One of the big arguments for basic income is that it increases people's freedom. It sounds like what we’re seeing in Australia, both with the cashless debit card and with welfare policy in relation to First Nations people more broadly, is actually the opposite – a radical decrease in what is already constrained freedom.
Mm-hmm. A lot of First Nations people say that this has been a long story. Some of the people that spoke to me about the cashless debit card in Kimberley call it the white card, although it’s actually grey. They called it that because, for them, it's a symbol of how settler colonial intervention continues. People said to me, "It's like going back to the ration days." It’s a strange situation. Australian society is starting to recognise some of the historical violence, but cannot see how that continues today with something like the cashless debit card.
Why do you think that basic income would be different when it comes to supporting First Nations people?
Basic income would challenge the Australian settler state’s obsession with work. Its unconditional element would completely revolutionise the deeply held belief that you've got to do something for the money. In its place, a basic income would introduce the idea of a rightful share. A dividend for all people.
For First Nations people I think this is a very important idea. As I said before, sovereignty was never ceded, and there's an ongoing battle for that sovereignty to be honoured. Unconditional basic income has an emancipatory element that acknowledges rather than rejects self-determination, so it could be a small step in the right direction. That said, only First Nations people themselves could make that decision.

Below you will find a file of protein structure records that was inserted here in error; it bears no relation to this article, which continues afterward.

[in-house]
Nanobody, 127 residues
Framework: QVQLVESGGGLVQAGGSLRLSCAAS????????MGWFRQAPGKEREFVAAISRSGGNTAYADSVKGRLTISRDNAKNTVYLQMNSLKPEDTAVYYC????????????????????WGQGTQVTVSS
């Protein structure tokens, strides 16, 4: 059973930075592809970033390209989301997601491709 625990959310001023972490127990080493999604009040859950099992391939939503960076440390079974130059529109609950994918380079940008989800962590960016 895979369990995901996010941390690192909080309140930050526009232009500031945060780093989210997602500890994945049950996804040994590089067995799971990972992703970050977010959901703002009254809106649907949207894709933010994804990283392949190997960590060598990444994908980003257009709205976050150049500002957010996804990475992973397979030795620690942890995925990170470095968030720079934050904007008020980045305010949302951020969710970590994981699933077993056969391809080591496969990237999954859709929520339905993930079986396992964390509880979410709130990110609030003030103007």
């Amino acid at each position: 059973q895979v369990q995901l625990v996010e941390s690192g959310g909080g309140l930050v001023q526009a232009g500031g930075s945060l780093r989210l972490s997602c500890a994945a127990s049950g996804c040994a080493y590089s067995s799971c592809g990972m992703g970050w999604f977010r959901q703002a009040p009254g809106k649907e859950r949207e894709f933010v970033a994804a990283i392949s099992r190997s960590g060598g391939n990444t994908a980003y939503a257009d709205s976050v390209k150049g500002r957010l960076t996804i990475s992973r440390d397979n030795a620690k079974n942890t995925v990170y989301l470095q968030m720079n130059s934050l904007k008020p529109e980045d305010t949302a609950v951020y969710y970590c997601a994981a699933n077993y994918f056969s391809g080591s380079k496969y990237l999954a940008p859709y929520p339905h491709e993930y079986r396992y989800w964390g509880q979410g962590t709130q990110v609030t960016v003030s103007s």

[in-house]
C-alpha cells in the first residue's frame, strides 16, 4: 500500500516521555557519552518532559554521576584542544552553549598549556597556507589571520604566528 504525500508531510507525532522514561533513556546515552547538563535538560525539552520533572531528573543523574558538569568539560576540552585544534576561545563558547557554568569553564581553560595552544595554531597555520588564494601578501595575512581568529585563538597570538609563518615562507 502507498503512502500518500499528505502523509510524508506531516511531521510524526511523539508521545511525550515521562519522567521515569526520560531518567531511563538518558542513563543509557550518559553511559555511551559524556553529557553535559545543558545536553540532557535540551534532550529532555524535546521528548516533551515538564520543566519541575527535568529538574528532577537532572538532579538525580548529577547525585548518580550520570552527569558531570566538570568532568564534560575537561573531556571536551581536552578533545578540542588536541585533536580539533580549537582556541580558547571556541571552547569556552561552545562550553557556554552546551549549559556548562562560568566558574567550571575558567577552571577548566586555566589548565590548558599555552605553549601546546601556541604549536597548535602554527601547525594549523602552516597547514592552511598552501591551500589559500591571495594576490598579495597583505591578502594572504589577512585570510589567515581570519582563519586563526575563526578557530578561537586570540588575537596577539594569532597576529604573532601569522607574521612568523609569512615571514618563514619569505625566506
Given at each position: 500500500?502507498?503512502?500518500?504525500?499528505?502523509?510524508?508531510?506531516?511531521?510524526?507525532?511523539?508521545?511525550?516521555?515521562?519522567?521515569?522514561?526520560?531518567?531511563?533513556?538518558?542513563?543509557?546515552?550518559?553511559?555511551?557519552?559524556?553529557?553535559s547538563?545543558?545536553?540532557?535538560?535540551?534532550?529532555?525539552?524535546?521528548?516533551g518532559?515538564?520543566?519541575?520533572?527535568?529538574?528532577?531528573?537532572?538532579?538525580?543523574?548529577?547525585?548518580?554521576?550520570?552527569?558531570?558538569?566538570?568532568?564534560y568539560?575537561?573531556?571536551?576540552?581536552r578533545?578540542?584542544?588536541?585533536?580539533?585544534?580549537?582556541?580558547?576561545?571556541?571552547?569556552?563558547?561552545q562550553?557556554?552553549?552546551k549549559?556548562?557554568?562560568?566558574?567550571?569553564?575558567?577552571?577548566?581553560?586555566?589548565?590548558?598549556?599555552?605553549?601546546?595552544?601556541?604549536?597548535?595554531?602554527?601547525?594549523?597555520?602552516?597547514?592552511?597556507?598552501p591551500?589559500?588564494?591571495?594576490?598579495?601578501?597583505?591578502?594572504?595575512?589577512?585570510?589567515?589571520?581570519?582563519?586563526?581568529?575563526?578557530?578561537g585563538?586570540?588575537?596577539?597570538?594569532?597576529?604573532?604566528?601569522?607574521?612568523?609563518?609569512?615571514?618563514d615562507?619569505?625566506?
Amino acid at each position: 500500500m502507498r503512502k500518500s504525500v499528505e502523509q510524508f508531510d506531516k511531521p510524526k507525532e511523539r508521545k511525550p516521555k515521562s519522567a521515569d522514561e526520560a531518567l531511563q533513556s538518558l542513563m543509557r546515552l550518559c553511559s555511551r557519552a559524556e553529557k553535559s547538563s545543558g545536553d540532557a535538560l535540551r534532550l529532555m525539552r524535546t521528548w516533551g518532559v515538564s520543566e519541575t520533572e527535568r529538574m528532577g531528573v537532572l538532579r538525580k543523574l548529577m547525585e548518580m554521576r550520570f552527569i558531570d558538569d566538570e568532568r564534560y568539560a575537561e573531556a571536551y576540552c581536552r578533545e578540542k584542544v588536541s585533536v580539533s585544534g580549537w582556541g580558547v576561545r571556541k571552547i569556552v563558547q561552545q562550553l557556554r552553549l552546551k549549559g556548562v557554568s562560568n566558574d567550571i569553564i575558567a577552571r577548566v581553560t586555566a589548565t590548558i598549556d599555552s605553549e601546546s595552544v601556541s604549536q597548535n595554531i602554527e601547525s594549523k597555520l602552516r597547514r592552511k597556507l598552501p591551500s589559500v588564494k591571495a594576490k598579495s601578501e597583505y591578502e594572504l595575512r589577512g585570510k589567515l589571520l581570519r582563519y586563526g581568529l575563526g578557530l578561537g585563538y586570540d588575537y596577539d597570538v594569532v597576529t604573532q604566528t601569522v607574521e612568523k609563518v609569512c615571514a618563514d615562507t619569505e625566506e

So in your view basic income has the potential to be more emancipatory than current welfare policy. However, you’d argue that any attempt to advocate for one must include the participation of First Nations people, so that it is not yet another top down imposition on this population.
That would be absolutely key.
That said, there was a period in the 1970s where there was a programme called the Community Development Employment Projects (CDEP). This was implemented in regional and remote parts of the country, and it involved giving First Nations people and community organisations a lump sum for doing work. What exactly work entailed was defined very, very broadly and in some places the programme was only loosely monitored. The result was that everyone ended up getting the payment regardless of whether they turned up for work. My colleague John Altman and I have written about this programme as a sort of basic income.
The CDEP was a very powerful and important social policy in some of these remote communities, where there was no or only a very limited labour market to speak of, because it provided an economic base. Poverty went through the roof in these communities when the programme was replaced with these more punitive, work for the doll schemes. People do talk about those CDEP days as being really important, and there's memory and recognition there of the importance of economic security.
So, there are some little glimmers of possibility and hope that programmes can be done well in Australia, despite its terrible history. Moving forward though, it has to be about honouring people's sovereignty.